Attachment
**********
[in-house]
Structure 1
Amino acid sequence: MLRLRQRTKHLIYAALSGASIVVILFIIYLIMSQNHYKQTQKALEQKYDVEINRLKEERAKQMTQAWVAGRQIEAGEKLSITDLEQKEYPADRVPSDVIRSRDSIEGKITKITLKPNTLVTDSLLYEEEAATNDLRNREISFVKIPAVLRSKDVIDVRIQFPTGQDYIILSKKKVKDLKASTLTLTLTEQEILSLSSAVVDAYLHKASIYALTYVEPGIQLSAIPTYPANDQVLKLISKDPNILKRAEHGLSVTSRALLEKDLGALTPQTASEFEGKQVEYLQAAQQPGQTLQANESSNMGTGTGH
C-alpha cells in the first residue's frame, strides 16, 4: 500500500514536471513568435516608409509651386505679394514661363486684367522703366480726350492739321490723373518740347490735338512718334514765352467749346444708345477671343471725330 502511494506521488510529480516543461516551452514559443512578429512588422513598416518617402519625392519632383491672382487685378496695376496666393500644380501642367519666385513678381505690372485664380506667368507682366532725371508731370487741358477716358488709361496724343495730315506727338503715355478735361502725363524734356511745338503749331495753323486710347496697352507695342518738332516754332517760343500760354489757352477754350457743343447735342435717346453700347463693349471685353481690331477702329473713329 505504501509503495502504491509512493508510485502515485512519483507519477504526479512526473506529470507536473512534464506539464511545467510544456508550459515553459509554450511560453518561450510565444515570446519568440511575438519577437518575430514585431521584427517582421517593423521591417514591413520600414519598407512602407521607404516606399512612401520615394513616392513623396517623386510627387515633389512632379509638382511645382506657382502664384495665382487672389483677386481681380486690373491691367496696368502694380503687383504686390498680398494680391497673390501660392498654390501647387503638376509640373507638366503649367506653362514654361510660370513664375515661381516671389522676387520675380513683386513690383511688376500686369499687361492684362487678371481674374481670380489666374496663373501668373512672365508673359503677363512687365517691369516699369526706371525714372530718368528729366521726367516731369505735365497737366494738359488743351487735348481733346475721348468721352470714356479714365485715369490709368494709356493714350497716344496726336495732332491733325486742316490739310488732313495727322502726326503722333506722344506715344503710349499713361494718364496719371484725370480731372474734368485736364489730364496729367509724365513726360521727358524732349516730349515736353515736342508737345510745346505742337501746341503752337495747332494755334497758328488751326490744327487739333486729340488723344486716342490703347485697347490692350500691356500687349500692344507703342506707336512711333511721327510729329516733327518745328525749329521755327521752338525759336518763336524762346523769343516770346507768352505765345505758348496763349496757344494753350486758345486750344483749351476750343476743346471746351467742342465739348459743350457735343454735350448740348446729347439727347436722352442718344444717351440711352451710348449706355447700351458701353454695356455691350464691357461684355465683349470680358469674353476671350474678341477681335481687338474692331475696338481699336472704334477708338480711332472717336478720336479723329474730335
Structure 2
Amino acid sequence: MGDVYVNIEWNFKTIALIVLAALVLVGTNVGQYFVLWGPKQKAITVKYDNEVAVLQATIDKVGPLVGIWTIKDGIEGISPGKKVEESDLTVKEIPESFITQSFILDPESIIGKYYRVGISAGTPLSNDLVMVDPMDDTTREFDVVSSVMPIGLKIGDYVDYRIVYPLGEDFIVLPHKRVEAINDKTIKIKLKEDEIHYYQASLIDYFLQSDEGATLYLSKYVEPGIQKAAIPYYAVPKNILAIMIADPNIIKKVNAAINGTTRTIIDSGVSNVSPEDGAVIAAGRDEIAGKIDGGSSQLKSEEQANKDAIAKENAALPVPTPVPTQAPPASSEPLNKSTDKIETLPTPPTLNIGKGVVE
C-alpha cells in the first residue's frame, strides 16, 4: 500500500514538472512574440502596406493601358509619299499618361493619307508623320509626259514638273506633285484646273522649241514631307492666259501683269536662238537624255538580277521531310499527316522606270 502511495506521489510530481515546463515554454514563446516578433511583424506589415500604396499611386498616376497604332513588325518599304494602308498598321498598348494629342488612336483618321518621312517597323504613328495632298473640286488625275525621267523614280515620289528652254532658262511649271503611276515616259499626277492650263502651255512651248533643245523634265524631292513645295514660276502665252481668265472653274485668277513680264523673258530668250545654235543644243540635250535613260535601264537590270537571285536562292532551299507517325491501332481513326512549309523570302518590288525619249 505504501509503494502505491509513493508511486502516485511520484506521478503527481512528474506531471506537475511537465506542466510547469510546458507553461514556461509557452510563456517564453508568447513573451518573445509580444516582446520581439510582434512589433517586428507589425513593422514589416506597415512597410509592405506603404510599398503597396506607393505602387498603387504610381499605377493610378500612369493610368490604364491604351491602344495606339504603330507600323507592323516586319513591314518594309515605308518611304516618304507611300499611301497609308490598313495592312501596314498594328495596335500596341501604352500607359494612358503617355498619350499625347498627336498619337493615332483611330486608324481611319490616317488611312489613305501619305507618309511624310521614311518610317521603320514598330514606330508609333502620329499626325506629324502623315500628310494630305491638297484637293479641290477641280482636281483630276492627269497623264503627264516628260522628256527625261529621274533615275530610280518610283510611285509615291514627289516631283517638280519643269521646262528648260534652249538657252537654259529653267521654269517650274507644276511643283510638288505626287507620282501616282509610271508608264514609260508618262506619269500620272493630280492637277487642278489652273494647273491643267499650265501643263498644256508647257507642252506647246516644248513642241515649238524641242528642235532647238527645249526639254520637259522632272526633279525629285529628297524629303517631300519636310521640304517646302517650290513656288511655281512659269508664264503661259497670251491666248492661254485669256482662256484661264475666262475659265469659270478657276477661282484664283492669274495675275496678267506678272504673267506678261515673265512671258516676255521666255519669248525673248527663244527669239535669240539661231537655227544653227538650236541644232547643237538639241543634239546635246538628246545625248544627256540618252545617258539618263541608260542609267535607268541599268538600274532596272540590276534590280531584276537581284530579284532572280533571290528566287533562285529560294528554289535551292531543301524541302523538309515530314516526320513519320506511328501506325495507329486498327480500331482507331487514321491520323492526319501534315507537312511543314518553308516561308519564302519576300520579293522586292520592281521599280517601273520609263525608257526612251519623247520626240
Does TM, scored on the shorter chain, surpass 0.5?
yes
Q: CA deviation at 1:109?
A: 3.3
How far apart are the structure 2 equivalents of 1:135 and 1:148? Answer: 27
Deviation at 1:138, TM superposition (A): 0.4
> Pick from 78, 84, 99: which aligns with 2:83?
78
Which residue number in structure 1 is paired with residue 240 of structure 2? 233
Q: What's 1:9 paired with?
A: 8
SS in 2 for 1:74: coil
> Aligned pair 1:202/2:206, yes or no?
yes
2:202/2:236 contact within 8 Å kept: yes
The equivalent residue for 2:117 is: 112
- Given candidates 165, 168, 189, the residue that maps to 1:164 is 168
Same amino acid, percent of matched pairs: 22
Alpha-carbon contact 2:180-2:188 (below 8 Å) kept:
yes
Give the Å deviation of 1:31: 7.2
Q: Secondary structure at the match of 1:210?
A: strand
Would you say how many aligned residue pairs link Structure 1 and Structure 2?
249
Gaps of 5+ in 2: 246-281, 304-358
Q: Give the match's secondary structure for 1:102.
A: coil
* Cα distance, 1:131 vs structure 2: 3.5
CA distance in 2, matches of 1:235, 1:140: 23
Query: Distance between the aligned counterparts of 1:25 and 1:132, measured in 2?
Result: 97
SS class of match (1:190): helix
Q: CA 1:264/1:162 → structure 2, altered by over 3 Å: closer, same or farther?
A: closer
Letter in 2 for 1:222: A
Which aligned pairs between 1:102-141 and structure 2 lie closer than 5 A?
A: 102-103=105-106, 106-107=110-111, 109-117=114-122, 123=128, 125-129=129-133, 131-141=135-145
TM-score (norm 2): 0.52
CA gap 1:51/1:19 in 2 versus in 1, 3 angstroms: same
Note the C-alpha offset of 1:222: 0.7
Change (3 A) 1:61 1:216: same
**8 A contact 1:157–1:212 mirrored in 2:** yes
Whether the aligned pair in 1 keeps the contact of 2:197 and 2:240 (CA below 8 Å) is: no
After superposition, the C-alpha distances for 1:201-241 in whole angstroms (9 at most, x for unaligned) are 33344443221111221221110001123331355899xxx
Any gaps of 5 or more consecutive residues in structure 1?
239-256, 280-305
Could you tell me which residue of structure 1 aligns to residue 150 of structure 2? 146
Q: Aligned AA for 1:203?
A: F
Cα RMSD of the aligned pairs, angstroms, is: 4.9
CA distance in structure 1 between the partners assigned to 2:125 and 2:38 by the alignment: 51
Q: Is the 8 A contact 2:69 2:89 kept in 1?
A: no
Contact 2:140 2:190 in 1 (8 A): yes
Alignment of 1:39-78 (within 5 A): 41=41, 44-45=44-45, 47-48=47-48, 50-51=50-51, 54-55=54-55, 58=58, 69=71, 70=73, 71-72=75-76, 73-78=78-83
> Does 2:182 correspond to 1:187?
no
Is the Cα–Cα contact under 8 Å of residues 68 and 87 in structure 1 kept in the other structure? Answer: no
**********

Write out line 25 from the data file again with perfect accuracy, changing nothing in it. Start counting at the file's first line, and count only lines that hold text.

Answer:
Same amino acid, percent of matched pairs: 22